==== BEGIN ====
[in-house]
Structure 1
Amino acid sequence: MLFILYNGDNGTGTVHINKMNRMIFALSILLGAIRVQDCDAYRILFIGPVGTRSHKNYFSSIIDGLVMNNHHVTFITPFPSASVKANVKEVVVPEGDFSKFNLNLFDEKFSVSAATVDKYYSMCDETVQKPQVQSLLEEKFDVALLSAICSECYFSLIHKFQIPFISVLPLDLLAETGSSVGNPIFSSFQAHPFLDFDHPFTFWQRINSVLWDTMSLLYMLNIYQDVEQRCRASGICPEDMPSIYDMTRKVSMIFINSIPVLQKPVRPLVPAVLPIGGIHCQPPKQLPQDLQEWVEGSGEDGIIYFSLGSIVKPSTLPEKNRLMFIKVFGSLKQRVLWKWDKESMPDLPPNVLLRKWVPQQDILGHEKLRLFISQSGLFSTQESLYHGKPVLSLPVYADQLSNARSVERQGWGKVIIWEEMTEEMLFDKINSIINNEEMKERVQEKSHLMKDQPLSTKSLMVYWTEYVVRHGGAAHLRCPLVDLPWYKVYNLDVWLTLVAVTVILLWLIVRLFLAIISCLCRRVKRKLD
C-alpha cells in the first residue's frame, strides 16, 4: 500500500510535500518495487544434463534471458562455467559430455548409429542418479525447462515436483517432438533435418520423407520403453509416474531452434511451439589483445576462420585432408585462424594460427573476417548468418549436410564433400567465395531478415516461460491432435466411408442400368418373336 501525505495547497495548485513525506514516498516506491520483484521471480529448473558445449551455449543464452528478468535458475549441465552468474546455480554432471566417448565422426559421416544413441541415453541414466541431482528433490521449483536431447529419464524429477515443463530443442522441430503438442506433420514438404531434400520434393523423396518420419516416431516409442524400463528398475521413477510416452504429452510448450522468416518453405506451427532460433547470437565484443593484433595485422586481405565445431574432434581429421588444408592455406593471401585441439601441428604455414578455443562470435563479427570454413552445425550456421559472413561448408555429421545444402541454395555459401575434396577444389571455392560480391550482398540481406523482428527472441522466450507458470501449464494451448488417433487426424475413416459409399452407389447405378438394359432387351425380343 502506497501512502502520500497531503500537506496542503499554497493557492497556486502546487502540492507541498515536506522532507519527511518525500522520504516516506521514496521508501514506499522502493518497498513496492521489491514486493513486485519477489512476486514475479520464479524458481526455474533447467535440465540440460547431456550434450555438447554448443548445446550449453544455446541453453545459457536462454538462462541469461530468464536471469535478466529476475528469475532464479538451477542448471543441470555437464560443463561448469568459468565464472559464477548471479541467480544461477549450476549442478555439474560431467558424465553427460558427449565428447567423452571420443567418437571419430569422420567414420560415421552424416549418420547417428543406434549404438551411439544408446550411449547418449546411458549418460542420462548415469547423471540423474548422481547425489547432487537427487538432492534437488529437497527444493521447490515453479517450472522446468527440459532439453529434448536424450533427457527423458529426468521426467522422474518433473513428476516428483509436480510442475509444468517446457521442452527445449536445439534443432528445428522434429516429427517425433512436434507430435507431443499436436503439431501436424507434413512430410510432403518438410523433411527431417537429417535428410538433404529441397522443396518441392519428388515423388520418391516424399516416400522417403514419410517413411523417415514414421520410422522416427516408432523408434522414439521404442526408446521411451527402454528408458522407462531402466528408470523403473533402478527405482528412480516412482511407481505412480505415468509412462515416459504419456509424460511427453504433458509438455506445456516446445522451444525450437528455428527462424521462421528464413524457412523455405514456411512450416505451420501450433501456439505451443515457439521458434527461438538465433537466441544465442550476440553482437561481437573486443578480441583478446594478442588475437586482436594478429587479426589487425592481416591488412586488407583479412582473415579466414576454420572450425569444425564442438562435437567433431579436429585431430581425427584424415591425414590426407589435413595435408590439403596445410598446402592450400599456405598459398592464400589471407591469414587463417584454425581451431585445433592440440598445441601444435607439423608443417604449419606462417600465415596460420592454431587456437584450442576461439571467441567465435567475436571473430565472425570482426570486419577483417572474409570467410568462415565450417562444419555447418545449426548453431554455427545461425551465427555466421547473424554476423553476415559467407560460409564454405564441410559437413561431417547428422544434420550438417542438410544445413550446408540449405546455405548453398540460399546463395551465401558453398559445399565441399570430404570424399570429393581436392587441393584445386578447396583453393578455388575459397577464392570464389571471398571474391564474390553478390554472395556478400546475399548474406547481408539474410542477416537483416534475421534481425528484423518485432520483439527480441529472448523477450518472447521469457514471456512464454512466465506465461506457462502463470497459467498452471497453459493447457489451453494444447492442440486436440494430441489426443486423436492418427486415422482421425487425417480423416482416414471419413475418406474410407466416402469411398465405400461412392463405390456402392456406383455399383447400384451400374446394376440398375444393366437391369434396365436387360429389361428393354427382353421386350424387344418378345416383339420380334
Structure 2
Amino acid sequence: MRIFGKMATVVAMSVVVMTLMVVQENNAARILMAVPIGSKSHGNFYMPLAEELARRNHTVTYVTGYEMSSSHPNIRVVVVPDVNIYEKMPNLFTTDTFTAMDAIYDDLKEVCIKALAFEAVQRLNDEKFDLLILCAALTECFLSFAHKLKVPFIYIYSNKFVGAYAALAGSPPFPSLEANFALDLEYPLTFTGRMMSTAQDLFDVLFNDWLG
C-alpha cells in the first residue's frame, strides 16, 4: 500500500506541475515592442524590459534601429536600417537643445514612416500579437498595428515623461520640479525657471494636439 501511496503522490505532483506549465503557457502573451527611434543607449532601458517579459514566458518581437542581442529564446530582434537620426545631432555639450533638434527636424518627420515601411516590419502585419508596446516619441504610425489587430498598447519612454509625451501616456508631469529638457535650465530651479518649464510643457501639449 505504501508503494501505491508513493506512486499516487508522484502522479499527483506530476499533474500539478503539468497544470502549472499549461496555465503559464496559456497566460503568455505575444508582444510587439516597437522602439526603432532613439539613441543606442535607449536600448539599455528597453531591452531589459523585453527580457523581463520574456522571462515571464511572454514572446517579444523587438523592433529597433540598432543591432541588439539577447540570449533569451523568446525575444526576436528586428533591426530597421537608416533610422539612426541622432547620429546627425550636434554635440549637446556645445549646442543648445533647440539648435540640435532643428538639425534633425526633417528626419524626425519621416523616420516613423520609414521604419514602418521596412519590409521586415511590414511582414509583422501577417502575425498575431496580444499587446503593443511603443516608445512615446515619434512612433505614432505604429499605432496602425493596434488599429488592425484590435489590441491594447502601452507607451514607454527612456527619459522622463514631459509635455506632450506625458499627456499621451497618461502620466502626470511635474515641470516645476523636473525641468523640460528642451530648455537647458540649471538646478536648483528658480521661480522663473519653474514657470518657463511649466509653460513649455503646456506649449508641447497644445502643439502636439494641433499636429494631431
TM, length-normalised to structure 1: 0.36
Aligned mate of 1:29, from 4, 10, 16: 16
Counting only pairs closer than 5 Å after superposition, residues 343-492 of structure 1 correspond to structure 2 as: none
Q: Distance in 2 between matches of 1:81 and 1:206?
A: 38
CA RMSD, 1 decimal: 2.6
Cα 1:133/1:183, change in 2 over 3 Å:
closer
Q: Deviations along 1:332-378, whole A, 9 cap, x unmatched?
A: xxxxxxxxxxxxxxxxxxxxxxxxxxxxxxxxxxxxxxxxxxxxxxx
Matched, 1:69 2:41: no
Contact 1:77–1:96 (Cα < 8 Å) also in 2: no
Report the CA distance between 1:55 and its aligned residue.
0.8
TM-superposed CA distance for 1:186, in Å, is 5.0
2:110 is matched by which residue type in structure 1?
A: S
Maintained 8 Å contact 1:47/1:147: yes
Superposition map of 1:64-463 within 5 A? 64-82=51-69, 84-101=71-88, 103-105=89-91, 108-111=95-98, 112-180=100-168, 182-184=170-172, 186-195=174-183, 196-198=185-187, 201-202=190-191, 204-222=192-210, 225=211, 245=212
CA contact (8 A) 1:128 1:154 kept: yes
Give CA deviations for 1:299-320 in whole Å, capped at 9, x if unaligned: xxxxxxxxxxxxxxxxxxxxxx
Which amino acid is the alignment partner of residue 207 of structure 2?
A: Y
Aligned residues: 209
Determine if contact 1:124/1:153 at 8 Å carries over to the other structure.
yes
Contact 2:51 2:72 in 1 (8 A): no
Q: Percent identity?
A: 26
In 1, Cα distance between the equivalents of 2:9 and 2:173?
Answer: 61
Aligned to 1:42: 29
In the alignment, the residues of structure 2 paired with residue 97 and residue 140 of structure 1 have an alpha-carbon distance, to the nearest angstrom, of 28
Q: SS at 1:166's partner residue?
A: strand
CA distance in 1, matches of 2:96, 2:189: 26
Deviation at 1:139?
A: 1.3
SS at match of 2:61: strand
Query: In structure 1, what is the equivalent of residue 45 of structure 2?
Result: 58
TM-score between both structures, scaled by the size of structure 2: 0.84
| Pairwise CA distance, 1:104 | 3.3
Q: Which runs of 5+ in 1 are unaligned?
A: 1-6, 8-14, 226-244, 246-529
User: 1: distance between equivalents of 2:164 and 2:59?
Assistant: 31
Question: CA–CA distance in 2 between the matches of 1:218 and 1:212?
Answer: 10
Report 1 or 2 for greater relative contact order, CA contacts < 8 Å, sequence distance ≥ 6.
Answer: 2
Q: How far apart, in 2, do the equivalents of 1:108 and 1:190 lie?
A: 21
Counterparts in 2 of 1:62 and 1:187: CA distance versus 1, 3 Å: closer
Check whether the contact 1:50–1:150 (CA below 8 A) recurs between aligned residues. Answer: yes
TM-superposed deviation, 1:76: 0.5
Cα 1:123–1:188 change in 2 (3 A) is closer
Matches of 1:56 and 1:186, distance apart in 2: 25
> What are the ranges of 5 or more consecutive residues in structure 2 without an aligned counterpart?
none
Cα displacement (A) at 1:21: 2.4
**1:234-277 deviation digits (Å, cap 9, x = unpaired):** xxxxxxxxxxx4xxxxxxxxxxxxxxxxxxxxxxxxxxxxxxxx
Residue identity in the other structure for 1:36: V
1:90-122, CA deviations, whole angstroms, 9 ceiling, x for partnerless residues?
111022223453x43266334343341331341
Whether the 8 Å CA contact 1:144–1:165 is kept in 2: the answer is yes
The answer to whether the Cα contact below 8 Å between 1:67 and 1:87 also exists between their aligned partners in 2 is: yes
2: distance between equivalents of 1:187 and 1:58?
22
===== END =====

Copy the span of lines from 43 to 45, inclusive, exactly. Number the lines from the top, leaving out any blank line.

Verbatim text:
CA distance in 1, matches of 2:96, 2:189: 26
Deviation at 1:139?
A: 1.3